Houston Astros fans can be relieved Xfinity won’t pull plug on late games

Houston Astros second baseman Jose Altuve (Photo by Norm Hall/Getty Images)
Houston Astros second baseman Jose Altuve (Photo by Norm Hall/Getty Images) /

The Houston Astros had a tech issue that was isolated to Comcast customers two weeks ago, shutting fans out of a late game when the telecast disappeared.

The Houston Astros are slowly slipping into an abyss that they don’t want to be in as they’ve dropped their fourth straight at the hands of the surging Oakland Athletics.  We know the A’s are far from a pushover and Billy Beane is going to ensure that they get the most out of their roster with minimal costs upfront.

Ultimately, as it usually does, the AL West is going to come down to one of these two teams and let’s hope that the Houston Astros are the one to rise as the victor.  With all the challenges this team has faced with the void in veteran pitching talent plus the lack of consistent hitting over this stretch, it clearly obvious as to why this team is currently on a skid.

But they’ll turn things around as they stare at a 6-8 record and hopefully find their way back to the leaderboard once again.

But anyway, do you all remember two Fridays ago when the Houston Astros took on the Los Angeles Angels and the telecast went poof after midnight?

If you were a Comcast customer like I am, you probably experienced this but if you were on any other cable network or streaming online, you likely saw no interruption of the feed.  Although it appeared the Houston Astros were cruising to a 9-6 win, the last 30 minutes I had to listen to the incredible radio duo of Robert Ford and Steve Sparks to close things out.

Kyle Tucker was having himself a game while George Springer turned in a solid performance and the emergence of Andre Scrubb was about to be embarked upon, so too bad I didn’t get to see it but it’s all good.

This occurred on Comcast’s alternate AT&T SportsNet channel (No. 710) as the Houston Rockets had top bidding on the mainline channel (No. 639) as they were opening up the restart of the 2019-20 season against the Dallas Mavericks, which turned out to be a hell of a game that went into overtime with the Rox winning 153-149.

But after the Rockets’ postgame programming was over, typically in past sports networks these teams have been on, they’ll switch the active telecast back to the mainline channel.  That’s what I thought had happened at first but I was staring at the exceptionally talented Cayleigh Griffin host another edition of Rockets All-Access.  Although I wanted to continue watching, I had bigger fish to fry to watch the end of that game.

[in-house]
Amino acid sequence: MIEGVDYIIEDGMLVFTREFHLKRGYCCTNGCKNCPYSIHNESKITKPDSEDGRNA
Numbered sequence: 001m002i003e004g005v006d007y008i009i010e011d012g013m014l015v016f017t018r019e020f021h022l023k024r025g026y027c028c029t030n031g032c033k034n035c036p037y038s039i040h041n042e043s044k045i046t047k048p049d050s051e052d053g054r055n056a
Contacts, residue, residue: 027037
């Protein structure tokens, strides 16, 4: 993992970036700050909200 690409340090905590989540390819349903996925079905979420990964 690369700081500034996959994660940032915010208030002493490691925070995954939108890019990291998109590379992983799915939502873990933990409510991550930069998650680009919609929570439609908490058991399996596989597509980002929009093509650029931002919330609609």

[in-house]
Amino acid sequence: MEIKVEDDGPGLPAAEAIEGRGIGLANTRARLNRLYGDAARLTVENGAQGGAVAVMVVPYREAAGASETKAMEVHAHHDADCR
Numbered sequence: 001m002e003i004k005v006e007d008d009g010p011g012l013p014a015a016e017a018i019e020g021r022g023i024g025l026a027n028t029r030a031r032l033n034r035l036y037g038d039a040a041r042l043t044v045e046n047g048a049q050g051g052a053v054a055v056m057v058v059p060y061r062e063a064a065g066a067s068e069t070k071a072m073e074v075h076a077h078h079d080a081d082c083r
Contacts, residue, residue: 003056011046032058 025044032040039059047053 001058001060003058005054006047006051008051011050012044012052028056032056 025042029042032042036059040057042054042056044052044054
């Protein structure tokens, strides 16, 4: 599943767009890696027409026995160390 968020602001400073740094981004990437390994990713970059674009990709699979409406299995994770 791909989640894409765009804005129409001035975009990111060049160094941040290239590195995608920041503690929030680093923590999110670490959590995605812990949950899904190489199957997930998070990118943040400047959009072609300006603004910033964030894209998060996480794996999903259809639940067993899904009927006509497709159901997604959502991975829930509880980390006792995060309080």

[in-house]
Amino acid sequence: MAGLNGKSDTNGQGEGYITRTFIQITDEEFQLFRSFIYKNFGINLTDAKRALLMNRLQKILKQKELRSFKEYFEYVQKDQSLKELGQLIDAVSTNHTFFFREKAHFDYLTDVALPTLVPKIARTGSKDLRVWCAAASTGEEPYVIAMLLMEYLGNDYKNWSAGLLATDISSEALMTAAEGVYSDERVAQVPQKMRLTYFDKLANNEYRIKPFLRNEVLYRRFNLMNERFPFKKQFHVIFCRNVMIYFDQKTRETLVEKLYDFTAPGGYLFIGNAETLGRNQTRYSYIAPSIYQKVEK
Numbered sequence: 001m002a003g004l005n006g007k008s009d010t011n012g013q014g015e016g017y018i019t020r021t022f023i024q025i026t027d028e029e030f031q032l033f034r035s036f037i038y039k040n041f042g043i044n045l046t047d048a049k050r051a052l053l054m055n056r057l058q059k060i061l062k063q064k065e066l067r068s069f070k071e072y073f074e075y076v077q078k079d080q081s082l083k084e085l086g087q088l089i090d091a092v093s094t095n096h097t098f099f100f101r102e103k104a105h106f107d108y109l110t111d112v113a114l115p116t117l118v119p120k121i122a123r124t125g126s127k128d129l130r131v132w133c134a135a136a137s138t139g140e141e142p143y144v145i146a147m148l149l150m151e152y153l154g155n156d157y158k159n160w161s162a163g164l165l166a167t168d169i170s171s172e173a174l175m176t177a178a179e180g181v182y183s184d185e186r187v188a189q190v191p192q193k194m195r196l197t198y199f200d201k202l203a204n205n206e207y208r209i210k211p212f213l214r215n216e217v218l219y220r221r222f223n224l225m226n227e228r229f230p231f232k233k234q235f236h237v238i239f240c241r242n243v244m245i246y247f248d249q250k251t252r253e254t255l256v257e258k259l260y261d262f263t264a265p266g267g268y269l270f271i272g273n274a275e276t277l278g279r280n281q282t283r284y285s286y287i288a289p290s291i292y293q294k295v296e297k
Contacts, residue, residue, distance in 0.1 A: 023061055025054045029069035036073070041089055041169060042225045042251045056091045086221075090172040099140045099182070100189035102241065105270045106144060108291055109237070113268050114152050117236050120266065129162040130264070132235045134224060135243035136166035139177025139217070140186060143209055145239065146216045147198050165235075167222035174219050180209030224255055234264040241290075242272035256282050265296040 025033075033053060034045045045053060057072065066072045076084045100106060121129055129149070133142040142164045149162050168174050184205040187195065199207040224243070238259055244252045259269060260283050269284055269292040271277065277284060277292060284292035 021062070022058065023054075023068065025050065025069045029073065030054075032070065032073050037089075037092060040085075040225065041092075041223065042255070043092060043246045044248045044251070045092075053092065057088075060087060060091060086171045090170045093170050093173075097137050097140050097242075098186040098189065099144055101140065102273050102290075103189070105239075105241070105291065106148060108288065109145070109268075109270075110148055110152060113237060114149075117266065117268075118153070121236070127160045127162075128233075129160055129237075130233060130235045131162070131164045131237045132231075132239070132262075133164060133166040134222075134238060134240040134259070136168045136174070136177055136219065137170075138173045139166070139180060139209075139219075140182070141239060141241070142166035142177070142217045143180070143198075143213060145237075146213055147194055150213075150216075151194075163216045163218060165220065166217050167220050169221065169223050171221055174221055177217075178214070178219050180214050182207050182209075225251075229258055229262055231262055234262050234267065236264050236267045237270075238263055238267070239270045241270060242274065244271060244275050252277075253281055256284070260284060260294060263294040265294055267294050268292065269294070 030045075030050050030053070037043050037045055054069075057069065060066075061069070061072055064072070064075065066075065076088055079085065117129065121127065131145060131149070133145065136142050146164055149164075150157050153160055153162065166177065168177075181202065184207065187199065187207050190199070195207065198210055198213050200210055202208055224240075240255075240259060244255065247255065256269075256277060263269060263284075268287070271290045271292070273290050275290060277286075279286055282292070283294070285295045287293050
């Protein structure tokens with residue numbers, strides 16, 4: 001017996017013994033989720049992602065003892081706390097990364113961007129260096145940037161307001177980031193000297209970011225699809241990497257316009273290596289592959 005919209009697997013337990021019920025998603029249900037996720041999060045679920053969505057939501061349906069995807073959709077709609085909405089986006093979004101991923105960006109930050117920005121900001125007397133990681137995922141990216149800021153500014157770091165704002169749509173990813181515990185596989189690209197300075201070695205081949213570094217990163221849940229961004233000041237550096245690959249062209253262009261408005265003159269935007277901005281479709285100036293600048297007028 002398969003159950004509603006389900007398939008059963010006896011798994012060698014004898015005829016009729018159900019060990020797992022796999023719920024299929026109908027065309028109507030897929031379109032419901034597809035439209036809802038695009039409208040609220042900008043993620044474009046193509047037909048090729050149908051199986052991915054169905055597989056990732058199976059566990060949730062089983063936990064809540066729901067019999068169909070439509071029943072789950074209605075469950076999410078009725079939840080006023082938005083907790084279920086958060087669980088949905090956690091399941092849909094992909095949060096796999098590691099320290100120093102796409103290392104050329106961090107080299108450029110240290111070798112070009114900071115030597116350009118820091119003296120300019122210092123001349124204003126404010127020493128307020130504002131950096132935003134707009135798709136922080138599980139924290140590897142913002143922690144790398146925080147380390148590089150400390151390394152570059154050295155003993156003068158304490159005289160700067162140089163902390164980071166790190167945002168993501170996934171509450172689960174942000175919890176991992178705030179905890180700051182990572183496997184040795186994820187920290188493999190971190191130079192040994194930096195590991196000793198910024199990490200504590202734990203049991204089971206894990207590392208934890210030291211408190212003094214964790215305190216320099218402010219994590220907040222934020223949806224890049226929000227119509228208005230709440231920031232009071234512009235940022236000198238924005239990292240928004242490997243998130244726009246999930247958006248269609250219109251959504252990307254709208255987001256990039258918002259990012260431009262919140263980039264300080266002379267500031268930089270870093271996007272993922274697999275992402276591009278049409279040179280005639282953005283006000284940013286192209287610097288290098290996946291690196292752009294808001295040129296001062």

I couldn’t fathom what could be going on so I took to Twitter on our House of Houston account to get a feel of what’s going on and there were many fans like myself frustrated by the gap in programming.

What was going on?

I checked with Houston Chronicle reporter David Barron’s twitter feed — you know he’s go-to in regard sports network media ratings/issues/contracts — and he suspected it was a Comcast issue because those on AT&T could still watch the game.

Barron did some further digging and found out that the timer that Comcast uses to determine how long to keep programming wasn’t enough for the four hours, 21-minute contest which was the longest in history at Angels Stadium of Anaheim.  Typically a half-hour buffer is added but it wasn’t enough for this game.

Comcast will add an extra hour buffer just in case so this doesn’t happen again.  Since typically no

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other programs are aired on the alternate channel, this had to be done and thus it wouldn’t be an issue on the mainline channel because there’s always something airing, whether it be fishing tournaments, infomercials, etc. so it wouldn’t be much of an issue.

Because of a smorgasbord of restrictions, I’m sure it’s a lot tougher to switch channels than it was back in the day so this was the quickest solution more than likely that the media monolith could up with.

With the majority of the opponents in this 60-game schedule being against teams on the West Coast, including their own division, there are going to be late games with expanded rosters and exponential pitching changes for strategy purposes.

It’s best they correct this concern now so it won’t rear its ugly head in the future.

Next. Astros: Four reasons not to sleep on this team. dark

And besides, we’re watching in droves since we can’t get to the ballpark.  Despite the pandemic causing challenges economically and physically, the Houston Astros averaged a 5.94 Nielsen rating through the first six games, putting that figure up 97 percent through a similar amount of games back in 2019.

Let’s hope this doesn’t happen again — go Houston Astros.